You’ve got your successful product, and you’re about to release the new version to the world. Your team has been working all year to refine the design and adding new features that you hope will keep you ahead of the competition. You’re convinced that this updated version is superior to the last version in every conceivable way. What you don’t realise though is that the updated product would likely be more successful if you’d invested in innovation unrelated to the product itself.

Many people consider innovation to be primarily about the steady improvement of your current offering, especially in the face of competition from other vendors. Think of the arms race in most of the innovative industries you care about, and you’ll notice a continuing trend of companies introducing new features to their products to make them stand out from the crowd. In consumer electronics, this even leads to annual upgrade cycles aimed to make last year’s model obsolete, and fans eagerly awaiting news from tech conferences to see the debut of new features and top of the line technology.

A major problem with this system is that product and technology upgrades are also the easiest things for your competitors to copy. You might invest heavily in developing and testing a new technology, while other firms wait and see if it will catch the consumers’ imagination. If it’s successful, in most cases it’s much easier for the competitors to add it in their next product upgrade, eroding your advantage. I would argue that the last innovative feature to debut in an iPhone was the high-resolution retina display. Within a year, other competitors had copied or even surpassed its capability.

Another issue is that because of this, companies feel they need to keep adding new “innovative” features to their products, which ends up with features being added for the sake of it. Two of my least favorite examples which featured heavily in recent advertising campaigns:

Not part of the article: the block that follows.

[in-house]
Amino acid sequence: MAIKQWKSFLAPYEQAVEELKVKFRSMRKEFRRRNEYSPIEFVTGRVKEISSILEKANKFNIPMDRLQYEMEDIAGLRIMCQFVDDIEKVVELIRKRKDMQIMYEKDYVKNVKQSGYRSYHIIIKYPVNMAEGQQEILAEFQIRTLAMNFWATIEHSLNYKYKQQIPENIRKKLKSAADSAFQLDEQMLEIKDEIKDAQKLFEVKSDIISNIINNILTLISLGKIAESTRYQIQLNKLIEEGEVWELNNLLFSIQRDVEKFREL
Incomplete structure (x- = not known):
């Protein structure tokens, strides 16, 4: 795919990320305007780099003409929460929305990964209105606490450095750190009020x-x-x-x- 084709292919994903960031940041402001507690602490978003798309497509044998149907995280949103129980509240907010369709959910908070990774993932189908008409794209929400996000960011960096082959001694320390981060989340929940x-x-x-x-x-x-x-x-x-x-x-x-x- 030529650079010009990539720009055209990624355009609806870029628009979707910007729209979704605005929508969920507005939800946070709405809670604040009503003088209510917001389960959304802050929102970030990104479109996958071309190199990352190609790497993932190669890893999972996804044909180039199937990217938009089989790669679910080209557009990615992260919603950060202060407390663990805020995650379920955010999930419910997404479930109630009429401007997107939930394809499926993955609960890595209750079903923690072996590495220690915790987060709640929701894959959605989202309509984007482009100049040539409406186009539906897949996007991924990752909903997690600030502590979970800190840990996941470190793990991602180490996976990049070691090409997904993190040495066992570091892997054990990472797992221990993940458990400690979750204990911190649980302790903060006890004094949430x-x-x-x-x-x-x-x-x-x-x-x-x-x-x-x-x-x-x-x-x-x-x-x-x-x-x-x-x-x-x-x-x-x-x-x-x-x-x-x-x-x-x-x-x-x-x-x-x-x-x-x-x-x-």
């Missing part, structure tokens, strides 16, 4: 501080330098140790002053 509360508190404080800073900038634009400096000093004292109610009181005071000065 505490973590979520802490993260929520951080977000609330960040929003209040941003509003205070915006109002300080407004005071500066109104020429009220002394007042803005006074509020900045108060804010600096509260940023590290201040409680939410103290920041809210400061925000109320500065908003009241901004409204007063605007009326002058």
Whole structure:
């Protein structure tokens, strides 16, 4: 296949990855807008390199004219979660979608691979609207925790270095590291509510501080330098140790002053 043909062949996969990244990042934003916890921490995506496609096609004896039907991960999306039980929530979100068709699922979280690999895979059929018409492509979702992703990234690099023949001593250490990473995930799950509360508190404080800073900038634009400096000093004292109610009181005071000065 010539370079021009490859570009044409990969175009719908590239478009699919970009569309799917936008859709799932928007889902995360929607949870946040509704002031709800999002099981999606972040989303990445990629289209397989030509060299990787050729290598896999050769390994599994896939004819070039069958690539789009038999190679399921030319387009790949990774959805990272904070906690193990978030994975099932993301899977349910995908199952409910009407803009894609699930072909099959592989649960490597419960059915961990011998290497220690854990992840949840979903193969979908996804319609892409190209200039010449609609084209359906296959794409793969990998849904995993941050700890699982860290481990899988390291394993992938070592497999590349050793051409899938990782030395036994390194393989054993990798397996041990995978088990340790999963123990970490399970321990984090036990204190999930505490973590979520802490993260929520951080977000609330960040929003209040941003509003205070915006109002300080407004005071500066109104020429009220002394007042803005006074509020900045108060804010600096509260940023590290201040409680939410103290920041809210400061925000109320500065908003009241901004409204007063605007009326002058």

• Samsung Galaxy S4: can tell when your eyes are not looking at the screen to stop playing media. Critics noted it was interesting technology but saw little practical use for it.
  • Nissan Juke with Google Send-to-car: You can upload a map from your phone to your car’s SatNav, which was sold as the main highlight of the car. Is that really the primary purchasing decision when buying a car?

So what can companies do to reduce their reliance on product improvement innovation? The answer is to diversify the types of innovations they develop. Doblin, which is part of my previous consulting firm Deloitte, researched thousands of innovations coming from the most successful companies, and found that there are 10 distinct types of innovations:

  1. Profit Model: How you make money
  2. Network: How you connect with others to create value
  3. Structure: How to organise and align your talent and assets
  4. Process: How you use signature or superior methods to do your work
  5. Product Performance: How you develop distinguishing features and functionality
  6. Product System: How you create complementary products and services
  7. Service: How you support and amplify the value of your offerings
  8. Channel: How you deliver your offerings to customers and users
  9. Brand: How you represent your offerings and business
  10. Customer Experience: 
    How you foster compelling interactions

The vast majority of companies focus their innovation efforts primarily on Product Performance, and maybe one other type. However, those companies which actively search for ways to be innovative across multiple types are consistently more successful. This is shown by the graph below, illustrating the stock prices of companies over a 5 year period, based on how many types of innovation they exercised.


Companies which actively looked at multiple types of innovation, within their own portfolio of projects as well as what was happening in the industry, were much more likely to spot trends and find gaps in consumer satisfaction. This enabled them to focus their innovation resources on areas that would have the most impact.

Let us know in the comments of any struggles your teams have had with product innovation, or how focusing on other types of innovation has helped.

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